By Susan Jones
CNSNews.com Senior Editor
February 15, 2008
(CNSNews.com) - President Bush and Republicans are blasting House Democratic leaders for taking a week-long President's Day recess without passing a key piece of national security legislation.
The Protect America Act -- which authorizes the U.S. intelligence community to quickly monitor terrorist communications -- will expire at midnight on Saturday.
"If Congress does not act by that time, our ability to find out who the terrorists are talking to, what they are saying, and what they are planning will be compromised," President Bush warned on Thursday. "It would be a mistake if the Congress were to allow this to happen."
House Democrats are going to allow it to happen, however.
They have refused to take up a bipartisan bill that easily passed the Senate earlier this week, because that bill would not only modernize the Foreign Intelligence Surveillance Act (FISA) -- it also would grant legal immunity to telecommunications companies that assisted the government in its warrantless electronic surveillance after Sept. 11, 2001.
"Without this protection, without this liability shield, we may not be able to secure the private sector's cooperation with our intelligence efforts," President Bush warned. That would put the American people at risk, he added.
Two days ago, the House rejected a short-term FISA extension intended to give Democrats more time to work on a permanent fix. Even some Democrats voted against a short-term fix. (See related story).
"Terrorists seeking to harm America and destroy our way of life have been handed a major victory by the Majority's decision to bar intelligence officials from opening any new foreign surveillance cases without needless bureaucratic hurdles," House Republican Leader John Boehner said on Thursday.
"As Members of Congress return to their congressional districts for the 12-day recess, terrorists will continue plotting to attack our nation and our allies. And the American people will have every reason to ask why House Democrats have undermined the ability of our intelligence officials to protect us."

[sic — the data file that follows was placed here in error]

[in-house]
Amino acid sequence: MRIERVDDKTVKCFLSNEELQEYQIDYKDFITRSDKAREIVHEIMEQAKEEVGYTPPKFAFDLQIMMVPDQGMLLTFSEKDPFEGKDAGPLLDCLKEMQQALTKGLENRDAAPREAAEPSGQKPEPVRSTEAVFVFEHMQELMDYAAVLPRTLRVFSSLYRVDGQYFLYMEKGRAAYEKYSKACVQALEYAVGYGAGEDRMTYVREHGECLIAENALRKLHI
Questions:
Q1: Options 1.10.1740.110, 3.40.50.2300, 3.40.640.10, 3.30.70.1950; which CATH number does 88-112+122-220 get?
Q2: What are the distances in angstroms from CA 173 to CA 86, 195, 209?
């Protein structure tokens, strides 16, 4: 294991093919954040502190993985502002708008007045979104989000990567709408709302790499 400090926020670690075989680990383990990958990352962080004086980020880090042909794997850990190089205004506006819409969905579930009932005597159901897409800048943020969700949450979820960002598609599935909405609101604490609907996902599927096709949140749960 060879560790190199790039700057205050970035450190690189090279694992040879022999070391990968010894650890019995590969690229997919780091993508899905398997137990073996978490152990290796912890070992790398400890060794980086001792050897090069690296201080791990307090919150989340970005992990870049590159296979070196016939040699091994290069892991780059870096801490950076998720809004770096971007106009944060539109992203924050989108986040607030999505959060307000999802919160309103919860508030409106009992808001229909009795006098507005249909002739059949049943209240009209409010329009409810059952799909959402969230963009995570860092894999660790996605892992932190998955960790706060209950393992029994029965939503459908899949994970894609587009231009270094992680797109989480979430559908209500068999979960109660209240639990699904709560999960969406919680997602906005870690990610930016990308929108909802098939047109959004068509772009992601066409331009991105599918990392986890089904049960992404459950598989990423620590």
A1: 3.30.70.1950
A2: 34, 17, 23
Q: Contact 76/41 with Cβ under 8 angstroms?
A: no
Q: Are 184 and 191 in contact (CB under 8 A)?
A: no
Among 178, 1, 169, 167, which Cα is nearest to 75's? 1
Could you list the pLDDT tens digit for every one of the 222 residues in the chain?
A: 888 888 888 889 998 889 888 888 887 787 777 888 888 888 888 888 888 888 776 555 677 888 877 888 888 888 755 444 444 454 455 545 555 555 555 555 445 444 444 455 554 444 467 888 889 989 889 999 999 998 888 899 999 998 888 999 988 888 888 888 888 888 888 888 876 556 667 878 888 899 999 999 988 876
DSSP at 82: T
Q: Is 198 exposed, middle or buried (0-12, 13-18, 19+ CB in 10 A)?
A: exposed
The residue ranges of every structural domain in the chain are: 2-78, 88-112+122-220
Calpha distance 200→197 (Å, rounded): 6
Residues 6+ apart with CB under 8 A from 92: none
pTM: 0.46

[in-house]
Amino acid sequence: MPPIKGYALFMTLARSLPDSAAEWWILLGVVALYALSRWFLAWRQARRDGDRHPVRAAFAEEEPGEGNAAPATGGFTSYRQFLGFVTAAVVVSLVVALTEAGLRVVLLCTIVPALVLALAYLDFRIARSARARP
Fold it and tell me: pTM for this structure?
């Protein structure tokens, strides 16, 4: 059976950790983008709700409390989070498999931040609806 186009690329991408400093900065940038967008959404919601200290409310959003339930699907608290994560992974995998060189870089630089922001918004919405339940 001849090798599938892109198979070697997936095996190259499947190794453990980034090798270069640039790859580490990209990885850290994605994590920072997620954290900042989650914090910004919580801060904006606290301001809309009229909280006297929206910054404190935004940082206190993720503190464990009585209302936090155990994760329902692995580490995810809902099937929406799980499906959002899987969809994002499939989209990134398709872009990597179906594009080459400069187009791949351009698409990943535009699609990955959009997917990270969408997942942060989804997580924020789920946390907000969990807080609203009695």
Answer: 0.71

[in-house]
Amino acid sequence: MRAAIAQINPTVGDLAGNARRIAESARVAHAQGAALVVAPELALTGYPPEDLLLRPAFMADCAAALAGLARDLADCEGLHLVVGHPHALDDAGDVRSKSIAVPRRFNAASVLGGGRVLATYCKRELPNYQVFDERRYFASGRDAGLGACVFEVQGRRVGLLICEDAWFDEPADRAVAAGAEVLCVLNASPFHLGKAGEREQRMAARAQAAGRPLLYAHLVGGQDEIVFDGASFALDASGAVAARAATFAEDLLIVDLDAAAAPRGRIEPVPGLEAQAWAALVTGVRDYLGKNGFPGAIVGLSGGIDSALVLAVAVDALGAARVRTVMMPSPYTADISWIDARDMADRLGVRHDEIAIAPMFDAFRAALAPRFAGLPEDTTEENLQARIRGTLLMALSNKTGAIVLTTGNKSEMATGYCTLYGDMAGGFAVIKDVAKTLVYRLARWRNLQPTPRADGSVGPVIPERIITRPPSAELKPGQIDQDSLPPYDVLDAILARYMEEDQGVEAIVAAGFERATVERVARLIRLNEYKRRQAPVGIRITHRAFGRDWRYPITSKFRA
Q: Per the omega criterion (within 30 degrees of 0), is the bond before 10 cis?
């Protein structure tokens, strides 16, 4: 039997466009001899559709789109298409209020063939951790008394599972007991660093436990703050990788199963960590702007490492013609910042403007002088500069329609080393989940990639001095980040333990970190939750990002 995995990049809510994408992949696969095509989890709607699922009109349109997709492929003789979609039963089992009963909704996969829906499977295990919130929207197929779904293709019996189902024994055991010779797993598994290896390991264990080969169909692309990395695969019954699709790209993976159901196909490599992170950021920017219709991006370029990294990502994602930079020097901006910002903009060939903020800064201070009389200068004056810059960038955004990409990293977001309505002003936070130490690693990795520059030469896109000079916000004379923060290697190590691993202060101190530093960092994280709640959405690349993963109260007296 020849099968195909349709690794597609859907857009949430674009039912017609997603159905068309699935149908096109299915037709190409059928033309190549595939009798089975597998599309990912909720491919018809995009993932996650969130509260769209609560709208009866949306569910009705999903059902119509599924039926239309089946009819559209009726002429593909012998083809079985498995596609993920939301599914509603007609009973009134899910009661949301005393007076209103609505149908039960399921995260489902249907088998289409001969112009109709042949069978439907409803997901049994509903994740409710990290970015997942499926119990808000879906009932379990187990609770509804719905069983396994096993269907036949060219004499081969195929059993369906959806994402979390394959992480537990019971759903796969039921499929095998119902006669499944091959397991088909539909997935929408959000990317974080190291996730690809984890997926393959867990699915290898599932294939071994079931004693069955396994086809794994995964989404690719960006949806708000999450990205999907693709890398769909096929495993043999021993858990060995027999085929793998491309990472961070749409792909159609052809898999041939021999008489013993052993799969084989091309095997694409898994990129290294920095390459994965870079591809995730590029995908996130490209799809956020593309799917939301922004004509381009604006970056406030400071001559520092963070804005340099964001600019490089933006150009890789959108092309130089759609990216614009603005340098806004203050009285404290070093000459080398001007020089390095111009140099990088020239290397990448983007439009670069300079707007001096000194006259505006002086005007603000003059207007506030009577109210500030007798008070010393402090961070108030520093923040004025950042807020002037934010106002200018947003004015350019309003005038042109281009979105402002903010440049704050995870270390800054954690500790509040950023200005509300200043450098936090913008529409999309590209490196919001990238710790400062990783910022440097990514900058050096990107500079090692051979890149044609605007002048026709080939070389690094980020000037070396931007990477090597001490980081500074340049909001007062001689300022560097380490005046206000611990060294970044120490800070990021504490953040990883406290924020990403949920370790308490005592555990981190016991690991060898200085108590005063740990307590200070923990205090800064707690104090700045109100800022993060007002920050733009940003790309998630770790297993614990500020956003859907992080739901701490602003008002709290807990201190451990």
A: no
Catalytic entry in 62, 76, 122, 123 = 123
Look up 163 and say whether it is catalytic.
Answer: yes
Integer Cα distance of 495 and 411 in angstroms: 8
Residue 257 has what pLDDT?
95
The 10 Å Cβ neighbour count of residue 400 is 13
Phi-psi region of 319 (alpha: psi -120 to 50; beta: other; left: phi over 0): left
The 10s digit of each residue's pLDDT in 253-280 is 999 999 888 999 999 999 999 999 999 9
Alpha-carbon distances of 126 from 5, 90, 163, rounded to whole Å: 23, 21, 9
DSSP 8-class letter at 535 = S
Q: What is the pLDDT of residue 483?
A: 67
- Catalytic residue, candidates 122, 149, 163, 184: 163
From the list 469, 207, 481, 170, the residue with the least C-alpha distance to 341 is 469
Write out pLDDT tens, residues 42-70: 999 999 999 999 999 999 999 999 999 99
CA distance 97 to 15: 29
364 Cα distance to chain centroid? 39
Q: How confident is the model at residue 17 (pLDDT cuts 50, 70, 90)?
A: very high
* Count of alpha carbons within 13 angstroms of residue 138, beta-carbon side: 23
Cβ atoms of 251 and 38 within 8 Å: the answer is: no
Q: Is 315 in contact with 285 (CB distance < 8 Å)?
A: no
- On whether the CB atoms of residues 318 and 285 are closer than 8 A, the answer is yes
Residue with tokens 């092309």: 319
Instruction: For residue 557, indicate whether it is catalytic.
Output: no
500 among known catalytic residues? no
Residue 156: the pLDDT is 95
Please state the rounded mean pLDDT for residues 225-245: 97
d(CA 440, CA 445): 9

The FISA bill is so important to President Bush, he offered to delay his trip to Africa on Friday if it would help House leaders finish work on the FISA bill.
President Bush says it's clear that the Senate bill would easily pass the House, if only House Democratic leaders would bring it to the floor for a vote.
"Our government has no greater responsibility than getting this work done, and there really is no excuse for letting this critical legislation expire," Bush said. "The House should not leave Washington without passing the Senate bill."
In response to a question, President Bush said he hopes Congress isn't "playing politics," as some Republicans have charged. "I can assure you al Qaeda in their planning isn't thinking about politics. They're thinking about hurting the American people again."
President Bush says the U.S. intelligence community needs to know what America's enemies are saying, planning and thinking. He said electronic surveillance "has been very effective."
President Bush noted that the House passed a short-term FISA fix last summer - the Protect America Act, which expires this weekend. "And if it was necessary last summer, why is it not necessary today?" Bush asked.
Instead of tackling a FISA bill on Thursday, House Democrats further infuriated Republicans by issuing contempt of Congress citations against former White House Counsel Harriet Miers and White House Chief of Staff Josh Bolten.
The House voted 223 to 32 to hold Miers and Bolten in contempt for refusing to comply with a legally binding subpoena relating to the Bush administration's firing of U.S. attorney-generals.
Pelosi said members of Congress take their "oversight" responsibility "seriously."
Too bad House Democrats don't take national security seriously, House Republican Whip House Republican Whip Roy Blunt (Mo.) said on Thursday.
"I am amazed that while Democrats are eagerly taking political potshots at White House employees, including one who left over a year ago, they refuse to consider bipartisan legislation to safeguard our nation.
"Taking up these contempt citations with only two days until a critical intelligence law expires is as poorly timed as it is poorly reasoned, and it demonstrates the Democrats' cavalier approach to national security."
House Republicans walked off the House floor in protest on Thursday afternoon.
On Wednesday, House Speaker Nancy Pelosi brushed aside Republican complaints that the nation will suffer if the Protect America Act expires.
"Even if the Protect America Act expires later this week, the American people can be confident that our country remains safe and strong. Every order entered under the law can remain in effect for 12 months from the date it was issued," Pelosi said.
But the Bush administration says without the force of law to protect them, telecommunications companies are increasingly reluctant to cooperate with warrantless surveillance.
losi on Wednesday also slammed Republicans for refusing to support a short-term extension of the bill. Republicans "therefore will bear the responsibility should any adverse national consequences result," Pelosi insisted. (President Bush said it's time for the House to pass a permanent fix, just as the Senate did -- not another patch.)